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Becky Caudill, Dublin

Who are you?

My name is Becky, and I’m a 39-year-old expat living in Dublin, Ireland, with my husband.

My background is in technology public relations, but for the past year and a half I’ve been a full-time author, writing contemporary and paranormal romance novels. My husband is a software architect with a global technology company.Where, when and why did you move abroad?

We moved to Dublin in October 2015 when my husband was transferred over here for work.

What challenges did you face during the move?

Our biggest challenge was just getting here. We had a number of delays and issues with our visa, largely related to the fact that the office processing our paperwork in Dublin basically took the entire month of August off.

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Once we finally arrived, we realized the real estate market was incredibly competitive and a lot of the houses we’d seen for rent even a week prior were no longer available. We were worried we were going to have to live out in the suburbs, but thankfully one of the houses we’d asked our relocation agent about hadn’t been rented yet and we were able to see it on our second day here. Another couple had already told the letting agent they wanted it but were too slow with putting together their paperwork so when we found out it was still available we acted quick. We were used to that environment coming from the Bay Area so it didn’t seem odd to us to arrive with our security deposit in-hand, ready to sign the paperwork. When we found out two days later the place was ours, it was a huge weight off our shoulders because we really wanted to be close to the city center. Unfortunately, we moved in with nothing but clothes so we had to go out and buy kitchen supplies in order to actually live. For five weeks we cooked with one pan, one spatula, and one spoon. Our meals were creative, to say the least. When our stuff arrived a few months later, we were reminded that none of our electronics or small kitchen appliances actually work ed here because of different voltages, so we ended up spending a lot of money basically re-buying items we already owned.

Are there many other expats in your area?

There are but aside from a few I interact with online, I don’t know many of them. I thought about going to some expat meetups, but I’m an introvert and the idea of willfully walking into a room filled with people I don’t know gives me the hives. Plus, many of them are much younger than I am – straight out of college and just starting out – or have a few children so I don’t actually have much in common with them to begin with. We have been fortunate that my husband’s colleagues here are amazing so we’ve enjoyed spending time with them. Early on, we also met his co-worker’s brother who lives here and is engaged to an Irish woman. We’ve become friends with them, so that’s been lovely.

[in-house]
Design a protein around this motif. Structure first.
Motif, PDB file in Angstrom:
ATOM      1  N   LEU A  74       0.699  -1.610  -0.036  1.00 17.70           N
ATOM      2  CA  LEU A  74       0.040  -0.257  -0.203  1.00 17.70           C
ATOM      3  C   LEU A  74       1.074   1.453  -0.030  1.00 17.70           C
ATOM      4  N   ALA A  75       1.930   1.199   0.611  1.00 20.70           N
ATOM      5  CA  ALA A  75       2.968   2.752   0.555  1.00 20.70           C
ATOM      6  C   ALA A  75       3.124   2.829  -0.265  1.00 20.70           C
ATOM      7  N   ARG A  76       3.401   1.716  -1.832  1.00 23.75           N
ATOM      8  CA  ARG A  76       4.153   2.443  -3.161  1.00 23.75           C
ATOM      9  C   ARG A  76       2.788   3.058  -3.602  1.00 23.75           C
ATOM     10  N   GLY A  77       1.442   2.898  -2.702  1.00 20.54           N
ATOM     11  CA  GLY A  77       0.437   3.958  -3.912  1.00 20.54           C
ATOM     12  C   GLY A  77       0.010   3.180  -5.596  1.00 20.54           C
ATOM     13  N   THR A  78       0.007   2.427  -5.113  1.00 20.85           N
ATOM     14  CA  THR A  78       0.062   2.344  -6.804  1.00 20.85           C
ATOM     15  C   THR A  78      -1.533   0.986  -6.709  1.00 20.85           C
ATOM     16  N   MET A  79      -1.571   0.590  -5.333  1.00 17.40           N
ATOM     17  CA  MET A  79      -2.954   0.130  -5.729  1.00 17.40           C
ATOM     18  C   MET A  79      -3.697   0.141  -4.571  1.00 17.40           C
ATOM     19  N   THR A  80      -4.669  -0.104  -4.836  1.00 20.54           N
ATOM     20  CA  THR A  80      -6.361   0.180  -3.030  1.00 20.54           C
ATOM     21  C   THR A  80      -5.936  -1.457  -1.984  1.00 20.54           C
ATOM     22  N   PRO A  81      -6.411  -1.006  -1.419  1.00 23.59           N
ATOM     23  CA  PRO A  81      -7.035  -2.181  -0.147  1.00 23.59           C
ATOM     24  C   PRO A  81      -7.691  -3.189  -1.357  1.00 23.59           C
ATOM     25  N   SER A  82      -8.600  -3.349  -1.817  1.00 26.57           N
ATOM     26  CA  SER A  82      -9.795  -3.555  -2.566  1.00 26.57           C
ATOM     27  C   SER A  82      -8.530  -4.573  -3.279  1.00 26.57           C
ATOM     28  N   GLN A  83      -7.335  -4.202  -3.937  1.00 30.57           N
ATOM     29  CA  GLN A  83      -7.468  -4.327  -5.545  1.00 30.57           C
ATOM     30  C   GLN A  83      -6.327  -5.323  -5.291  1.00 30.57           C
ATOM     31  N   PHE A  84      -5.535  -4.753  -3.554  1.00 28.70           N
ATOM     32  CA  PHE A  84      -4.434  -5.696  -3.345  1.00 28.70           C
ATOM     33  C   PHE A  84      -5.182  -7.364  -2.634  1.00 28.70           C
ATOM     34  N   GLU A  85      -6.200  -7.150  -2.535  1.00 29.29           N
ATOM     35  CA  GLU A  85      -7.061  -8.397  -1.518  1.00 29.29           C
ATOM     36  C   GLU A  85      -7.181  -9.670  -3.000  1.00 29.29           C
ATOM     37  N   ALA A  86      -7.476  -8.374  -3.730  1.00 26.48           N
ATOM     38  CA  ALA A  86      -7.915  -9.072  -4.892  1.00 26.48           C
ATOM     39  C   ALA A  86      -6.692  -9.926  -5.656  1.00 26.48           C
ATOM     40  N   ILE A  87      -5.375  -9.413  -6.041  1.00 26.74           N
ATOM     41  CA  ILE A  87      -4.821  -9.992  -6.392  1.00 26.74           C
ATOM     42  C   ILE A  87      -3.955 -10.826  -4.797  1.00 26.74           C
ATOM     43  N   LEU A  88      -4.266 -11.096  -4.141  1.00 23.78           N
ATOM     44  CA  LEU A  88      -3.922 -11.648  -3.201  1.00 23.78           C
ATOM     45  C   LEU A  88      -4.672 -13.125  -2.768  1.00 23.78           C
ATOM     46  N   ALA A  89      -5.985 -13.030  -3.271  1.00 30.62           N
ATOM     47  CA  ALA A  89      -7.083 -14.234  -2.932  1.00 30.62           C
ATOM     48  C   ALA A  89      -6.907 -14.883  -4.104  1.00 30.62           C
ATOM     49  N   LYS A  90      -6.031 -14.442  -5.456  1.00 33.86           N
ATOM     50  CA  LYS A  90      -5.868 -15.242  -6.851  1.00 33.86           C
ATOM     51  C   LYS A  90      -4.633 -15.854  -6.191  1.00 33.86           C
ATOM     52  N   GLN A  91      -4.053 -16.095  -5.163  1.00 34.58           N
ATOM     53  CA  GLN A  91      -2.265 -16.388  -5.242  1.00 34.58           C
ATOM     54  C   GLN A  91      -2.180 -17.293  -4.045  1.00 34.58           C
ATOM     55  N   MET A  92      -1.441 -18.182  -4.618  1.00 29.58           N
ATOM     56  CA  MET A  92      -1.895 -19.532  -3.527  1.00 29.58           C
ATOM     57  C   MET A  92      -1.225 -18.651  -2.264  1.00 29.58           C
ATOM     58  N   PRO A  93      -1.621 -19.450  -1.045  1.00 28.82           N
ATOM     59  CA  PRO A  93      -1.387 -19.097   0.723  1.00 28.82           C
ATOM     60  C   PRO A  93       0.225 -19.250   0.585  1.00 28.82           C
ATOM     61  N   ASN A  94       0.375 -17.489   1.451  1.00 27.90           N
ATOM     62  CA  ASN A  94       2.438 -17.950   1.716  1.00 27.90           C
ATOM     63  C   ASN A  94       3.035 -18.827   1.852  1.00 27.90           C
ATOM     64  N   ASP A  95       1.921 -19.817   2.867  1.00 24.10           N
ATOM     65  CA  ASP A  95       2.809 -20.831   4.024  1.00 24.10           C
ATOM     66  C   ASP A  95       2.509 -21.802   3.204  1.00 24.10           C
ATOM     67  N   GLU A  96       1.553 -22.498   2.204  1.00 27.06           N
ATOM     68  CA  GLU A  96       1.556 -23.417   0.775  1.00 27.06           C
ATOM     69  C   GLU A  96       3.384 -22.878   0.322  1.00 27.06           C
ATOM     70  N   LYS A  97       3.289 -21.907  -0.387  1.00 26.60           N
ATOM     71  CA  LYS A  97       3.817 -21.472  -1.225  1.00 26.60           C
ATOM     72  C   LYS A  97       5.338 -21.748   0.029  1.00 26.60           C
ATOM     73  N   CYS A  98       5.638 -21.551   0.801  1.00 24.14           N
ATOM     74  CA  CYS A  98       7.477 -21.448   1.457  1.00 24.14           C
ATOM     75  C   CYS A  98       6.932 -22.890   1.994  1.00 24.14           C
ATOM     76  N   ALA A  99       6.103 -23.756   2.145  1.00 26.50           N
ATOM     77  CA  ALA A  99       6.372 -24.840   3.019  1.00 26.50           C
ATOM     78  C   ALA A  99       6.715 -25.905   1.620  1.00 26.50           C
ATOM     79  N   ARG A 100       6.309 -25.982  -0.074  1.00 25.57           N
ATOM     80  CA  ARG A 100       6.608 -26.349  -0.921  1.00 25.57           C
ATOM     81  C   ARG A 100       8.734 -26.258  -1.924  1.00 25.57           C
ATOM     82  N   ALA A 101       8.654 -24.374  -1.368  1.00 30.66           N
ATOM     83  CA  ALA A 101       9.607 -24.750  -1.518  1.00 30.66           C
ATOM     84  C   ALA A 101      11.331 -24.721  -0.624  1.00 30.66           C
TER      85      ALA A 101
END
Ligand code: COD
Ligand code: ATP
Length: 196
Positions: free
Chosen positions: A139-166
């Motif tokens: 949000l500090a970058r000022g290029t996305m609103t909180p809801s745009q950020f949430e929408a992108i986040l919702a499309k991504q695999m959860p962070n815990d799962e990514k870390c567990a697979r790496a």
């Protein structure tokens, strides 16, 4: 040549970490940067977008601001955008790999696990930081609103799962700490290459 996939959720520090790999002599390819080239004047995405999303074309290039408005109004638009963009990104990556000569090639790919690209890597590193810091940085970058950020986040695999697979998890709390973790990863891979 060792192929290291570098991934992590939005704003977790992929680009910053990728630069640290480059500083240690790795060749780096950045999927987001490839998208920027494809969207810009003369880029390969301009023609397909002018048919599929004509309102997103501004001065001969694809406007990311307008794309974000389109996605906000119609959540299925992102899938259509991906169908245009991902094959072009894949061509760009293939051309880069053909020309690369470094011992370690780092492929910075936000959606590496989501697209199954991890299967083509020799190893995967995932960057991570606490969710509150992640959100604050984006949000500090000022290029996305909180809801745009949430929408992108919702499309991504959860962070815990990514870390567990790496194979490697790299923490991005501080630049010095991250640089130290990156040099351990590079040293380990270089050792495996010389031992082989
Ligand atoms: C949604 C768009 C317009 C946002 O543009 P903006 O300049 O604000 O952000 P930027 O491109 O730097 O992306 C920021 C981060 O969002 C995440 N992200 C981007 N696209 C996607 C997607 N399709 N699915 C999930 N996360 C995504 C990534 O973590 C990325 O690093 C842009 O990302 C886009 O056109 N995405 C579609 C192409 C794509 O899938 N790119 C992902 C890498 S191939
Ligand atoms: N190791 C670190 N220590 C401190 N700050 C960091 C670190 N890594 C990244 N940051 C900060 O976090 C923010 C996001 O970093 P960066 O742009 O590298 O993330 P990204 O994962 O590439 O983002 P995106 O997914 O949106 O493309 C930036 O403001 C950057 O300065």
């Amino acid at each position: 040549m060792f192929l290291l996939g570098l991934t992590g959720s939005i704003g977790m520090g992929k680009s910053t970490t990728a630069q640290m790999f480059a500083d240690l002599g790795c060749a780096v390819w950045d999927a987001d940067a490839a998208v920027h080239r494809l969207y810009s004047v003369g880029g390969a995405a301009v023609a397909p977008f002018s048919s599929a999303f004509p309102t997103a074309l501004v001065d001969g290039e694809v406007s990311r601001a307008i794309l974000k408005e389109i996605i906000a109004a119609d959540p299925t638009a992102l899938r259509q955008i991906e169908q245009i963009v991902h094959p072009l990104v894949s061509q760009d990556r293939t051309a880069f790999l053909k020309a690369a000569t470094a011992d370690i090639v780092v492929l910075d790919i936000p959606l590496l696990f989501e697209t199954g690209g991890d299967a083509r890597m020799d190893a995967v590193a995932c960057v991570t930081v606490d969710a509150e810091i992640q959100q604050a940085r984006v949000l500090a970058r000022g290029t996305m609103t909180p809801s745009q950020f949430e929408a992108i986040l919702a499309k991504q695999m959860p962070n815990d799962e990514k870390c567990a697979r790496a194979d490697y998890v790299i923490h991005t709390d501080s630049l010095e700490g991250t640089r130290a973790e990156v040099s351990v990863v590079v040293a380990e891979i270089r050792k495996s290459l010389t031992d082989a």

What do you like about life where you are?

I really, really, really love Dublin. It’s such a vibrant city with so many places to go and things to do. Back in the Bay Area, we were homebodies, but we’ve really made an effort to do as much as we can during the two or three years we are here. One of the things we were worried about, coming from a place like Oakland where the cuisine is actually world-class, was how we’d adjust to the food scene here. We shouldn’t have been concerned though because Dublin has a thriving food scene and the quality of meat you can get in the grocery store is well above what is available in the supermarkets of the U.S. I do miss heirloom tomatoes though.

What do you dislike about your expat life?

Honestly? The only thing I dislike about the experience is the thought of it coming to an end. We’ve been back to the Bay Area a handful of times already so we’ve been able to see our friends and my husband’s family more than we thought we would. My family is in Montana and Ohio and we only saw them once or twice a year anyhow, so it’s not like being in another country has affected those relationships. The only thing that has really changed is figuring out what’s an appropriate time to call, text, or FaceTime with my sister. There’ve been lots of middle of the night messages on both our ends.

What is the biggest cultural difference you have experienced between your new country and life back home?

One of the biggest shocks has been dealing with the number of people who smoke here! There are cigarettes everywhere and you absolutely cannot get away from them. In the Bay Area, very few people smoke and those that do are practically social pariahs. Here, smoking is practically a way of life. It kind of reminds me of how it was when I was living in Pittsburgh in the mid-to-late 1990s, but even more extreme.

What advice would you give to anyone following in your footsteps?

Understand that the first six months is an adjustment period. If your experience is anything like ours, it’ll take you about that long to get settled. Try not to obsess too much about all the things that are going wrong and instead focus on everything that is going well.

What are your plans for the future?

We have a little over a year left on our assignment and we’re hoping to be able to extend it for a year after that. If we can’t, we’ll likely move back to the Bay Area. Instead of settling back down in Oakland though, it’d be great if we could explore the North Bay area around Mill Valley or Sausalito. I think it’s good to switch things up every once in awhile.

You can keep up to date with Becky's adventures in Dublin on her blog, Casa Caudill.

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